reviews\ Jul 23, 2002 at 8:00 pm

Dark Age of Camelot - PC - Review

Realms, countless quests, magic, battles – all are the hallmarks of massively multiplayer online role-playing games.

While Dark Age of Camelot, a PC release from Mythic Entertainment, doesn’t stray from those basic elements, there is wonder and delight in the way the company has realized the elements. In fact, when it comes to the MMORPG genre, Dark Age certainly is one of the best on the market.

The setting for the game lands players in the era shortly after the death of King Arthur. Chaos reigns and the land is split into three factions: Albion (the Britons, and Arthur’s former stronghold), Hibernia (home of the Celts), and Midgard (where the Norse rule).

Players enter the game by creating a character, choosing a realm and one of the unique in habitants as their avatar. Each realm is unique in appearance, with theme music, monsters and quests all tailored for that realm. Of course, you begin with little ability and not much in the way of possessions. The way out of the role of neophyte is to pick up a few quests, venture forth and spend a great deal of time battling the easier monsters you will find.

For example, if you have chosen Hibernia as your realm, you will get to choose from four avatar types: humans, the elves (spell-casters), Firbolg (giant-like creatures which combine magic and melee skills), and the Lurikeen (spells and melee combat). Of course you are given rudimentary weapons, and may be given simple quests, such as retrieving a family heirloom from sand crabs (which are numerous and just outside the village). The crabs are relatively easy introductions to the melee combat system used in the game, which is real-time but almost seems turn-based. After you knock off a few crabs, you can collect booty from them (which may only be shells), sell it for coin of the realm (broken into three denominations) and improve your armor and weaponry. You can also train, and devote your avatar to a particular vocation (such as ranger).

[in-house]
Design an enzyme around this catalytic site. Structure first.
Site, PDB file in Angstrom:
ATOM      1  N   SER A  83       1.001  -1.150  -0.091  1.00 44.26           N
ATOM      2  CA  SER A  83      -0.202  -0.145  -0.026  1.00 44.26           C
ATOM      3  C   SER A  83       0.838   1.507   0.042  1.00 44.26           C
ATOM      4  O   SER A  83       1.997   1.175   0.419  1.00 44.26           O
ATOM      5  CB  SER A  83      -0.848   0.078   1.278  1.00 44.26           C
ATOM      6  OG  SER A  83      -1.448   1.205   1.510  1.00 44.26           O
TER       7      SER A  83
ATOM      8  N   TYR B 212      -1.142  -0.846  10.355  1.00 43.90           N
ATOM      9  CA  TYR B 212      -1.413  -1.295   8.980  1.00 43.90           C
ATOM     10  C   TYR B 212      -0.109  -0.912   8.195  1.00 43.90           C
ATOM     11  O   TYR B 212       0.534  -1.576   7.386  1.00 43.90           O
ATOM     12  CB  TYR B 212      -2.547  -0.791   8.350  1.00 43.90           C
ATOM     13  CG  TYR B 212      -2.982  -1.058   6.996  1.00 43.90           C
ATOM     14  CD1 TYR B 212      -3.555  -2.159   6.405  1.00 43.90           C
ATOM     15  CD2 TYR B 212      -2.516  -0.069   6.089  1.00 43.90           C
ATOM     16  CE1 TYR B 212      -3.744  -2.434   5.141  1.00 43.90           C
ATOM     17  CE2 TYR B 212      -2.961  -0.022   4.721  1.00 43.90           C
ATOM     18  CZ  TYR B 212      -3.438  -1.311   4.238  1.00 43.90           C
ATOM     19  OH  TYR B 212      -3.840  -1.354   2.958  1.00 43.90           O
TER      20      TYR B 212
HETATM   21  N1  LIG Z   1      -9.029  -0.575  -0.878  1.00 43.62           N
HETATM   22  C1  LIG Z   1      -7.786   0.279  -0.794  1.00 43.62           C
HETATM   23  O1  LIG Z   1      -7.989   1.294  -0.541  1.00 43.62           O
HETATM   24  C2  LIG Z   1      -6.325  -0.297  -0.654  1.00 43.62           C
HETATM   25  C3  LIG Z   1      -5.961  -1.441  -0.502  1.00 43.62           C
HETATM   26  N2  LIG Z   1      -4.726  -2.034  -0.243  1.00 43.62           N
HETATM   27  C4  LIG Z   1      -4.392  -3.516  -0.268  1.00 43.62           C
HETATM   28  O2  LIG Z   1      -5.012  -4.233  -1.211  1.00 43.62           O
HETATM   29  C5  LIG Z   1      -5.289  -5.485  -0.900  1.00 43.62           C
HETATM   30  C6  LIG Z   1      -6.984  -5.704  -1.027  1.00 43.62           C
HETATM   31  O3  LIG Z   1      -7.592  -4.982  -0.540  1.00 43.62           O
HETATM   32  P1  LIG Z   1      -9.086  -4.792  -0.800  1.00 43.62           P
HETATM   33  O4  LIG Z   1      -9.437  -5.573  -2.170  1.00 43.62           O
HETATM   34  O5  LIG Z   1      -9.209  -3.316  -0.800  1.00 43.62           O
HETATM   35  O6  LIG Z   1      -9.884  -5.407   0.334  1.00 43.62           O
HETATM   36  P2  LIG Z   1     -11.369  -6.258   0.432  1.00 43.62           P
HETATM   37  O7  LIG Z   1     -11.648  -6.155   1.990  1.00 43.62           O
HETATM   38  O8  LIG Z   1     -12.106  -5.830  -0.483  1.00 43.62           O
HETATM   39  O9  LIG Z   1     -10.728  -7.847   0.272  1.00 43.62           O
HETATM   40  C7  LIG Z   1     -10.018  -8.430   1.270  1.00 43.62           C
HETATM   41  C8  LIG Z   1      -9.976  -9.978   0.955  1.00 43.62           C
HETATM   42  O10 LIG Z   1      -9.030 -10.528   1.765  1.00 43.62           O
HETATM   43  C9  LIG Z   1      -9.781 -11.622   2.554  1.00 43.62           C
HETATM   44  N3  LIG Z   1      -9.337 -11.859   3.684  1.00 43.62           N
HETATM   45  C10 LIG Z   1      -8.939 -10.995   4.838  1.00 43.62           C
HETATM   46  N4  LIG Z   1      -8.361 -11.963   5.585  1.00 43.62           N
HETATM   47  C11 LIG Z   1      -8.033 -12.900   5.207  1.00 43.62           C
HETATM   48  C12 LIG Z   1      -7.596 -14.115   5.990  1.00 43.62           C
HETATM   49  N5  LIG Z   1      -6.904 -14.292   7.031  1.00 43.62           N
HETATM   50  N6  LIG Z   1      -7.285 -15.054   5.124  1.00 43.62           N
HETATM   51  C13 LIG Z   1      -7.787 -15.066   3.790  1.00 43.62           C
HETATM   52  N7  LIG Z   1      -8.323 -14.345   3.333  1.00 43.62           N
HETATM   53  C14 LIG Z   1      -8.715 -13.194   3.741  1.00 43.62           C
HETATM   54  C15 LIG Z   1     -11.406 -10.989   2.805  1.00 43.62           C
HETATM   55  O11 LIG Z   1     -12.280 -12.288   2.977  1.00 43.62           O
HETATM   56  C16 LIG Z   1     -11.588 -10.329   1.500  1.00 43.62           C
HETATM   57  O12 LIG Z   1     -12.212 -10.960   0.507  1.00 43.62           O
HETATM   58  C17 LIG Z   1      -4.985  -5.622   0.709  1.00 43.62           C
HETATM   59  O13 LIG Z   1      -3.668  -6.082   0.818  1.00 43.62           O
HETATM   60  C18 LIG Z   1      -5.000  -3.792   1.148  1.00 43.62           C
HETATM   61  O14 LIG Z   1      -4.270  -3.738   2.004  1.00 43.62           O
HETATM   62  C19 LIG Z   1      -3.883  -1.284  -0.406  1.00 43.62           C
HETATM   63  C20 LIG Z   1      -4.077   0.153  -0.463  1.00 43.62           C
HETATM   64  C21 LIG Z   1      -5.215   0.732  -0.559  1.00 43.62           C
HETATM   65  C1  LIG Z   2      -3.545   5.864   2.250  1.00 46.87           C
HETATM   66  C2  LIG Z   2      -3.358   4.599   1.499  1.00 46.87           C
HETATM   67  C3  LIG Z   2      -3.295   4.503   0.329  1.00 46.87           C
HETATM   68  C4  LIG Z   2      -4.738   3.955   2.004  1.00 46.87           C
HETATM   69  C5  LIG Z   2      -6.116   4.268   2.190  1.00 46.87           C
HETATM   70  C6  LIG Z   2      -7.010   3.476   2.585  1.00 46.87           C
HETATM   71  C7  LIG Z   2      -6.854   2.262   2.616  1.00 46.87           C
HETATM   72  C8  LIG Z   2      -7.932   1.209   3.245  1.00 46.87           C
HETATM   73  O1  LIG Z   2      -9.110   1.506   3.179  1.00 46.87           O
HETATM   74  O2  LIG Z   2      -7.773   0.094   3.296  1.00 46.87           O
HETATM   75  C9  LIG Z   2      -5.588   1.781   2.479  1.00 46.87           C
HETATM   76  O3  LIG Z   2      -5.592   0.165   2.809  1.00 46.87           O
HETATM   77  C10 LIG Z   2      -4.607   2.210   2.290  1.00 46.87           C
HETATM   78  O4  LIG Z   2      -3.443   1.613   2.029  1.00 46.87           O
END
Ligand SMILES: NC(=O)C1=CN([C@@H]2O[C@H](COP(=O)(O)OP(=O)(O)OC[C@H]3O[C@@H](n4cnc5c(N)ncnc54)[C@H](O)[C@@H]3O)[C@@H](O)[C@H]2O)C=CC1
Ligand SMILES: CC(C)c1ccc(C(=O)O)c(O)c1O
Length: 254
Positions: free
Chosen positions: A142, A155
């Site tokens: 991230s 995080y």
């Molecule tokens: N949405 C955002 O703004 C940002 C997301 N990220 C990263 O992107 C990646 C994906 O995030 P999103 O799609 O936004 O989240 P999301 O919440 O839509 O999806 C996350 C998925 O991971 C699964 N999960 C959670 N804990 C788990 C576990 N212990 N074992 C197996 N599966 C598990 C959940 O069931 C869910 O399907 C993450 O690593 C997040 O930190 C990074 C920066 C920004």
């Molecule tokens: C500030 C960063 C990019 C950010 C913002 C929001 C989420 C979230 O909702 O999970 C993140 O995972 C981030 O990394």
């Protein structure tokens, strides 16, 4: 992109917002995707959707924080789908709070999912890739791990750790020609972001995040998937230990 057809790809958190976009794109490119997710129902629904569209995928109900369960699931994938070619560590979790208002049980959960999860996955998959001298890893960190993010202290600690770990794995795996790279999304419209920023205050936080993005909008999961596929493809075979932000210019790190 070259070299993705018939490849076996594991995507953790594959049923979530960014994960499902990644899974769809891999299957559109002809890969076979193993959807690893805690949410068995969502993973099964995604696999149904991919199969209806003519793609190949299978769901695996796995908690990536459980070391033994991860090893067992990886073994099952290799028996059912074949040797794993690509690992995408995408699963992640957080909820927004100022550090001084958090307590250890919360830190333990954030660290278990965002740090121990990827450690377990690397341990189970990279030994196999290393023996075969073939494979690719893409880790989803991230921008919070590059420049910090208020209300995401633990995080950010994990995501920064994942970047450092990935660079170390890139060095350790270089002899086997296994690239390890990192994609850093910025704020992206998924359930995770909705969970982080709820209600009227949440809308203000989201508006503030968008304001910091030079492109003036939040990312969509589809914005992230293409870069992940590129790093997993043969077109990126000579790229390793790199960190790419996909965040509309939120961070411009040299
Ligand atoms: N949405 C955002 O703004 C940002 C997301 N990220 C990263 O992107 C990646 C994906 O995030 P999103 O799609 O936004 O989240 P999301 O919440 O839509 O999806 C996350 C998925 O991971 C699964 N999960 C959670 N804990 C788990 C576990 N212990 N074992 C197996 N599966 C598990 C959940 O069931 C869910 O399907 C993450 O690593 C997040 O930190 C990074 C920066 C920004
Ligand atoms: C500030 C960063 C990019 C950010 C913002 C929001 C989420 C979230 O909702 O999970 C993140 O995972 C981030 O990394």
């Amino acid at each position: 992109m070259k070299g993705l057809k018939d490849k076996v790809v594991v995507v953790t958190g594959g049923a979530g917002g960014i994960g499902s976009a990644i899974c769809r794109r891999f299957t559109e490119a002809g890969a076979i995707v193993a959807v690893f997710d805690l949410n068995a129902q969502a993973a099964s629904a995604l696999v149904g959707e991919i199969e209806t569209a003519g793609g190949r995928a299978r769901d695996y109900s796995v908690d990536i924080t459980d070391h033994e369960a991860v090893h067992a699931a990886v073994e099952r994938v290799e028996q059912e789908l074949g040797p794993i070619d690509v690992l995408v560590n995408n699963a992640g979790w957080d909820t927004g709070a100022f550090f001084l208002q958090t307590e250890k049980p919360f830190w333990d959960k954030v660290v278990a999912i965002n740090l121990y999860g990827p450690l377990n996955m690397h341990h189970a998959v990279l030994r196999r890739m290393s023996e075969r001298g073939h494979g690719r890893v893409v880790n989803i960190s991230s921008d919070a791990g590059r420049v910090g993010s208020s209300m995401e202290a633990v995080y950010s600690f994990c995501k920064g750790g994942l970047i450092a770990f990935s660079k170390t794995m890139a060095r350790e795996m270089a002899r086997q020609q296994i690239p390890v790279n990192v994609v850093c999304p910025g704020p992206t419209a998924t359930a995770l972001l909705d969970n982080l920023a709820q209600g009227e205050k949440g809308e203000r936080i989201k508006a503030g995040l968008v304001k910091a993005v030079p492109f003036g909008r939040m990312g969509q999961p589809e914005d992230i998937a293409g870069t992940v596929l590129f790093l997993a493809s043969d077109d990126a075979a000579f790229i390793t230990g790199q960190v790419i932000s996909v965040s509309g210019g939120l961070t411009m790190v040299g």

Each quest you receive is logged in a journal, which you can access at any time. You are, of course, rewarded for successful completion of a given task. But if knocking off sand crabs is not your cup of tea, then you can go after bigger game.

Part of Dark Age’s uniqueness is that each server is home to the three realms, and the three realms are at war with each other. Rather than your typical PvP game play, this is Realm versus Realm. You can defend your realm, lay siege to another and earn titles. This aspect of Dark Age is absolutely incredible. Each realm has a Relic (think of it as sort of “capture the flag”) that is a key goal, but with so many players involved, this is a massively multiplayer chess match, complete with moves and countermoves. Siege weapons can be used to attack an enemy keep, and should you successfully capture an enemy keep, NPC guards will appear to watch over it until your foe retakes it.

Whereas games, such as Ultima Online, thrive on adventuring and quests, Dark Age has taken the genre into a new realm, effectively raising the bar for this style of gaming.